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The mediotemporal lobe (MTL) is a concept rather than a defined brain structure. It includes the hippocampus, the amygdala, and the entorhinal and perirhinal cortices - all structures within the medial area of the temporal lobe.The temporal lobe is in general primarily concerned with sensory experience - specifically, with hearing, and with the integration of information from multiple senses. Part of the temporal lobe also plays a role in memory processing. It is situated below the frontal and parietal lobes, and above the hindbrain.

There was an alarming article recently in the Guardian newspaper. It said that in the UK, diabetes is now nearly four times as common as all forms of cancer combined. Some 3.6 million people in the UK are thought to have type 2 diabetes (2.8 are diagnosed, but there’s thought to be a large number undiagnosed) and nearly twice as many people are at high risk of developing it. The bit that really stunned me? Diabetes costs the health service roughly 10% of its entire budget.

K. Anders Ericsson, the guru of research into expertise, makes a very convincing case for the absolutely critical importance of what he terms “deliberate practice”, and the minimal role of what is commonly termed “talent”. I have written about this question of talent and also about the principles of expertise. Here I would like to talk briefly about Ericsson’s concept of deliberate practice.

In the last part I talked about retrieval structures and their role in understanding what you’re reading. As promised, this month I’m going to focus on understanding scientific text in particular, and how it differs from narrative text.

Frances Yates described the memory strategy valued by the ancient Greeks and Romans as the "Art of Memory" in her widely quoted and seminal book The Art of Memory. Today we know it as the method of loci. But the Art of Memory, as those of the ancient world and those of the medieval world practiced it, is far richer than is implied by that title.

Prevalence of dementia

Dementia is estimated1 to afflict over 35.5 million people worldwide -- this includes nearly 10 million people in Europe, nearly 4.4 million in North America, nearly 7 million in South and Southeast Asia, about 5.5 million in China and East Asia and about 3 million in Latin America.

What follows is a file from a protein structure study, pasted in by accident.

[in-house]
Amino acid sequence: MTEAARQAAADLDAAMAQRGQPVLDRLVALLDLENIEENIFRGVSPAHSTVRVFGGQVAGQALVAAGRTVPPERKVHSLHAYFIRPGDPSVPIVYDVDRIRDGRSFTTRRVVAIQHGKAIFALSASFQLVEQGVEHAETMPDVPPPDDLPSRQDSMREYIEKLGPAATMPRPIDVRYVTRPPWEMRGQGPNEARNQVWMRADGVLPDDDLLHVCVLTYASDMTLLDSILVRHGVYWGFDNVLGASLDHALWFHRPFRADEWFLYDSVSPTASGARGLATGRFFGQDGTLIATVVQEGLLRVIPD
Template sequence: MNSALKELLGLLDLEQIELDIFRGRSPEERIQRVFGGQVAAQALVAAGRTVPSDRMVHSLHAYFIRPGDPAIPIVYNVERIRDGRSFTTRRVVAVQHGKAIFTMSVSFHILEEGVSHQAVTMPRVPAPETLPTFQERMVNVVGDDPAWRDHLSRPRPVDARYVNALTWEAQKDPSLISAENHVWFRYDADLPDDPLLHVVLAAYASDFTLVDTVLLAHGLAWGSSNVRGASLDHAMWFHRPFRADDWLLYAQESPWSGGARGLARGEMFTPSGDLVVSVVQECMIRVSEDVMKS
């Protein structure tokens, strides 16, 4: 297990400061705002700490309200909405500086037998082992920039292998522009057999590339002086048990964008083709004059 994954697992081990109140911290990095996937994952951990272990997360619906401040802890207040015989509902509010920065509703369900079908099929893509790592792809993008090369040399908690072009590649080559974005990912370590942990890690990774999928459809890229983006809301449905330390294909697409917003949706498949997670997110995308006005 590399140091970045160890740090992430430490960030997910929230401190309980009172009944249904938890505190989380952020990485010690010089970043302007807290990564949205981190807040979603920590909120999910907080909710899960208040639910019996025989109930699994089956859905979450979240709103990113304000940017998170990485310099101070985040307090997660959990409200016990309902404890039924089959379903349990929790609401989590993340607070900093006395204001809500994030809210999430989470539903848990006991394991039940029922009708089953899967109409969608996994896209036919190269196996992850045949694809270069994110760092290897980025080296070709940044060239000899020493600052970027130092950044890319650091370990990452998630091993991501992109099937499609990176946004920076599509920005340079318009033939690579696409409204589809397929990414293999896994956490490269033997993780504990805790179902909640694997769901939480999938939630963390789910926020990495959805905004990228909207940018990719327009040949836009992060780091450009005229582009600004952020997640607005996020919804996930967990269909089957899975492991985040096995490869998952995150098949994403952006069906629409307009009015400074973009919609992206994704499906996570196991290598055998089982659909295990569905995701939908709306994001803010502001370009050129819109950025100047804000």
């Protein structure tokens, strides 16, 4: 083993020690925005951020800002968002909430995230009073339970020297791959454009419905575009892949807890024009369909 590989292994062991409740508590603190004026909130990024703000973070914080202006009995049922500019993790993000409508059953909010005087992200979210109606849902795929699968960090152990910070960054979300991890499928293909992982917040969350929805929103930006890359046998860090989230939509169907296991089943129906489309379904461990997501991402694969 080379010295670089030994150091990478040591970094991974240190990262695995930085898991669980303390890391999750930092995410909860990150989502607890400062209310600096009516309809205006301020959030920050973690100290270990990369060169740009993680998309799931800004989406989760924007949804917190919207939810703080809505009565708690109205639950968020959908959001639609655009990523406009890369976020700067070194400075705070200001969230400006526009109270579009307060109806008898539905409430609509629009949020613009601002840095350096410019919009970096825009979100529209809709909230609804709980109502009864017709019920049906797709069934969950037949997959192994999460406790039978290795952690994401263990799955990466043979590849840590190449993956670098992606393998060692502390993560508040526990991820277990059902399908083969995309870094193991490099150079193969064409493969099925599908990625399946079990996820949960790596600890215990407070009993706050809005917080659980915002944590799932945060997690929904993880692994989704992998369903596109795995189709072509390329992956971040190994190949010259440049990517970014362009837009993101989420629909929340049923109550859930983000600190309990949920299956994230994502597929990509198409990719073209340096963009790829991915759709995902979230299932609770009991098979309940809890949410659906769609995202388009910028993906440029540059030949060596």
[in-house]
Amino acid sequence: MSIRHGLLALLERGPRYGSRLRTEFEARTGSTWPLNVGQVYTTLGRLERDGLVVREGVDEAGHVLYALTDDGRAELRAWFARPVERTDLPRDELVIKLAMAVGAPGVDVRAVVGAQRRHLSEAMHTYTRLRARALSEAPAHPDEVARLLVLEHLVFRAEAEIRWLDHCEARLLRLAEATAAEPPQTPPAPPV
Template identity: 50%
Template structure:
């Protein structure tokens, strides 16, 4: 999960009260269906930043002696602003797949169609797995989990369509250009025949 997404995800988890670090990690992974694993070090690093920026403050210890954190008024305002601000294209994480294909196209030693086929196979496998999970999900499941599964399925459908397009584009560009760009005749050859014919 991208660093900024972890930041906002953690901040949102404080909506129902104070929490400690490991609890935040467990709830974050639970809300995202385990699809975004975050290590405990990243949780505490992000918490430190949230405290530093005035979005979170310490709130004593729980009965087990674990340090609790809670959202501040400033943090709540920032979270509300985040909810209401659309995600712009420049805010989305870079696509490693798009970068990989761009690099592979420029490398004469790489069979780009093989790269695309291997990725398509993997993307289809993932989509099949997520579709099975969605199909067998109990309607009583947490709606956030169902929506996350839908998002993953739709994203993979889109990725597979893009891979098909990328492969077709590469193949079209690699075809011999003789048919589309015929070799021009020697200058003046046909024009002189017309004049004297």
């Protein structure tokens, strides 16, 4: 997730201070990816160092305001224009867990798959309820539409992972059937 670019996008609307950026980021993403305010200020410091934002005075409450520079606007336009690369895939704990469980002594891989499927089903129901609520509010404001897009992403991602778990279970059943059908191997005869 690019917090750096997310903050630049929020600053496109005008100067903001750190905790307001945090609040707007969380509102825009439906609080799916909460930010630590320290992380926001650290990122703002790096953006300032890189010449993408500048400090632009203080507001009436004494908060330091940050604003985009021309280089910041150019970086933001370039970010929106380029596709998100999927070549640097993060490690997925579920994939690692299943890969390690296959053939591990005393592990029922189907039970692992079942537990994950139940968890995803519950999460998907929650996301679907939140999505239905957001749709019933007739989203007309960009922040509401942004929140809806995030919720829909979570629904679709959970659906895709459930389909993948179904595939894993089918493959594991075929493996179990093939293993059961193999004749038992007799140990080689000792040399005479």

How many words do you need to learn?

An analysis of English vocabulary* has found that the first 1000 words account for 84.3% of the words used in conversation, 82.3% of the words encountered in fiction, 75.6% of the words in newspapers, and 73.5% of the words in academic texts. The second 1000 accounts for about another 5% (specifically, 6% of conversation, 5.1% of fiction, 4.7% of newspapers, 4.6% of academic texts).

Find out about the pegword mnemonic

Here are pegwords I've thought up in the Italian language.

As with the original example, let's try it out with our cranial nerves.

In italiano, sono i nervi cranici:

To use a strategy effectively, you need to understand why it works, how it works, when it works and when it doesn’t.

For example, all students take notes — not everyone knows how to do it well. Research into the effectiveness of note-taking has found — surprise, surprise — that sometimes note-taking helps you remember information, and sometimes it doesn’t1.

I have spoken before, here on the website and in my books, about the importance of setting specific goals and articulating your specific needs. Improving your memory is not a single task, because memory is not a single thing. And as I have discussed when talking about the benefits of ‘brain games’ and ‘brain training’, which are so popular now, there is only a little evidence that we can achieve general across-the-board improvement in our cognitive abilities.